Resources

Grief Counseling

It can be extremely painful when someone you care about dies. You may feel like your world has been turned upside down and you’re paralyzed, not knowing what to do next. One moment you’re experiencing deep sadness, the other anger or even numbness. At times overwhelming feelings may feel insurmountable; other times, you actually feel peace. All of this can be confusing. This is grief.

grief-los-angeles Grief is a natural response to loss. There’s no “normal” timetable and typically no right or wrong way to grieve. It is important to allow yourself to feel whatever you are feeling in the moment and to try not to judge yourself for your feelings.

Although not everyone grieves the same way, there are common emotions and feelings that people experience. Please note there is no particular order in which you may experience these symptoms and you may re-experience them over and over.

Common Symptoms of Grief and Loss:

Shock – It can be hard to believe what happened or wrap your mind around the idea your loved one has died. You may even feel “ok” for a while and go on as if you’re loved one is still alive.

Sadness – A profound sadness is extremely normal, as well as feeling empty and lonely.

Guilt – Some people feel regret and guilt over what they did or didn’t do while their loved one was still alive. Others feel guilty for simply being alive, while their loved one is gone.

Anger – Often people may feel angry that their loved one is dead or angry towards their loved one for dying. This is normal. There is a tendency to not allow oneself to be angry because your loved one didn’t choose to die (at least in most cases). If you feel angry, it’s ok. The goal is to try not to judge yourself and experience your emotions.

Fear – A significant loss may trigger anxieties about living without your loved one or your own mortality. It can disrupt a sense of security or safety you had while that person was alive.

Physical symptoms – Physical symptoms such as headaches, stomach issues, fatigue, and insomnia are very common in those experiencing the death of a loved one.

Although you have experienced a loss and may not feel as though you will ever be the same, healing is possible. It may take time and it’s ok that it does. Unfortunately, there is no way around grief; one has to go through it. By allowing yourself the space to grieve, it’s possible to find a way to live with the loss of your loved one and to be able to experience the joys of life that may feel forever gone.

Grief and Loss Support

Support is very important in helping one move through grief. Sharing your story with someone can help ease your pain, process so many of the complex feelings you may be experiencing, and aid in feeling less alone. Often those who are grieving feel like they are a burden to others when they feel the need to reach out. The problem is by not sharing or talking to someone you trust, grief may be difficult to move through.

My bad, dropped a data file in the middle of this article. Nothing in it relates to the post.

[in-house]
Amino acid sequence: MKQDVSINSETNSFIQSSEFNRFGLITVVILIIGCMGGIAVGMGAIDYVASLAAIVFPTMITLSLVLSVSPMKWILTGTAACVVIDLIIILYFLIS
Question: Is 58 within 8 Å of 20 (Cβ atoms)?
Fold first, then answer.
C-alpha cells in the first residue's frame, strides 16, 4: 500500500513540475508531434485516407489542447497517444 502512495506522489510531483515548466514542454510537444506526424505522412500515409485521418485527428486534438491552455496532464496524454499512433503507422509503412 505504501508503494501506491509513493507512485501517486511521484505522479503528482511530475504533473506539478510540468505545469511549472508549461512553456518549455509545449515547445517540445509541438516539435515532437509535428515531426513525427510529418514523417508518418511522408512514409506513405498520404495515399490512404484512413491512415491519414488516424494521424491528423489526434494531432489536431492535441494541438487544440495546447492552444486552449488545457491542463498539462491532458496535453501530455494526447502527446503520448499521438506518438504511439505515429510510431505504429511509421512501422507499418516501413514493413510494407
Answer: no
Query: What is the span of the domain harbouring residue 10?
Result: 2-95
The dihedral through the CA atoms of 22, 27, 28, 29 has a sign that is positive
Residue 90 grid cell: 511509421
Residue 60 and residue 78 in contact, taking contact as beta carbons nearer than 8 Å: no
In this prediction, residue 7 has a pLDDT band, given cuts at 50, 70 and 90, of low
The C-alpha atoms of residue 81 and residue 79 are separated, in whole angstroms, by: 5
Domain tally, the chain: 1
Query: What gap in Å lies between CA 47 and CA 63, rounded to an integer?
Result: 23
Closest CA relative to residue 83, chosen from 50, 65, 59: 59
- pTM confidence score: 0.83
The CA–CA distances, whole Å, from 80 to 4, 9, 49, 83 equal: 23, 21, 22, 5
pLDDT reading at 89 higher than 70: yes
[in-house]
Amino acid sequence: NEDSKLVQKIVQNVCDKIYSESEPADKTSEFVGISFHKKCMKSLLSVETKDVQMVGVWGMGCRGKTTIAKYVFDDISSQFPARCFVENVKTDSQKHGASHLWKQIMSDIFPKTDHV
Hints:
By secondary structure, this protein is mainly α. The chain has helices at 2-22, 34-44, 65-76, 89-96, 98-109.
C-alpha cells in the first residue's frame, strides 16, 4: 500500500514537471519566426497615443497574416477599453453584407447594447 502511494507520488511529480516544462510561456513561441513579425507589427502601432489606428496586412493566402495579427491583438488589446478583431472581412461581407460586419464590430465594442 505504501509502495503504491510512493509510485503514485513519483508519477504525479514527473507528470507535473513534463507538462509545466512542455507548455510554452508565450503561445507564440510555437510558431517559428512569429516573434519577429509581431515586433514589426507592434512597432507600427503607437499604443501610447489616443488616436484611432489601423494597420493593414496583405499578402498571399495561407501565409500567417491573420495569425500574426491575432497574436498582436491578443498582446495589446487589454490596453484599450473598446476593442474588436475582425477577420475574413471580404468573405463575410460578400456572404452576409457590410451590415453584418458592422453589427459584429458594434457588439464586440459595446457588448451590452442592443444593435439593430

There are times when outside help may be useful. Some of these include:

  • your friends or family may not be able to show up in the way you need to due to their own discomfort with loss
  • you feel like you’re a burden to your family and friends
  • you’d like someone to help guide you through your grief
  • you’re having difficulty resuming your life or functioning after time has passed
  • you feel stuck in depression, anger, or anxiety
  • you’re not sleeping months after the loss
  • you’re using drugs or alcohol to cope with the pain
  • you have consistent thoughts of dying or feeling worthless
  • or you simply feel lost

What Will Grief Therapy Be Like?

If you are struggling or just need support, you may benefit from seeking a therapist who will provide you with a safe place to share your story and help you in your grief. Not only have I been specifically trained in grief and loss, I’ve had my own profound losses that have shaped me as a person and a therapist. In a non-judgmental space, you can be open to express wherever you are in your process. It takes time, but also may require actively grieving. Our work will help you make sense of your loss, process your pain, and find a way to live while still honoring your loved one.

How can talking about my loss help? I just want to move on.

Talking can actually help you get in touch with your grief enabling you to make sense of your loss. By keeping your feelings buried, grief can linger longer and remain more painful than if you face it head on.

Is there something wrong with me if I “have” to go to counseling?

Absolutely not. In fact, reaching out exhibits strength and courage to deal with your grief instead of ignoring it, which can help you in the long run.

Aren’t I supposed to feel bad?

You’re supposed to feel whatever you feel. But, if you find over time you’re not functioning as you used to or you see yourself avoiding feelings, it may be helpful to address it.

Please call me to start the process. You don't have to go through this alone.

(213) 503-8255
9300 Wilshire Blvd., Suite 306
Beverly Hills, CA 90212

  • Who I See

    • My services include, but are not limited to, working with teens and adults who struggle with anxiety, depression, grief and relationship troubles.
  • Contact

    • 9300 Wilshire Blvd., Suite 306
      Beverly Hills, CA 90212
      Phone : (213) 503-8255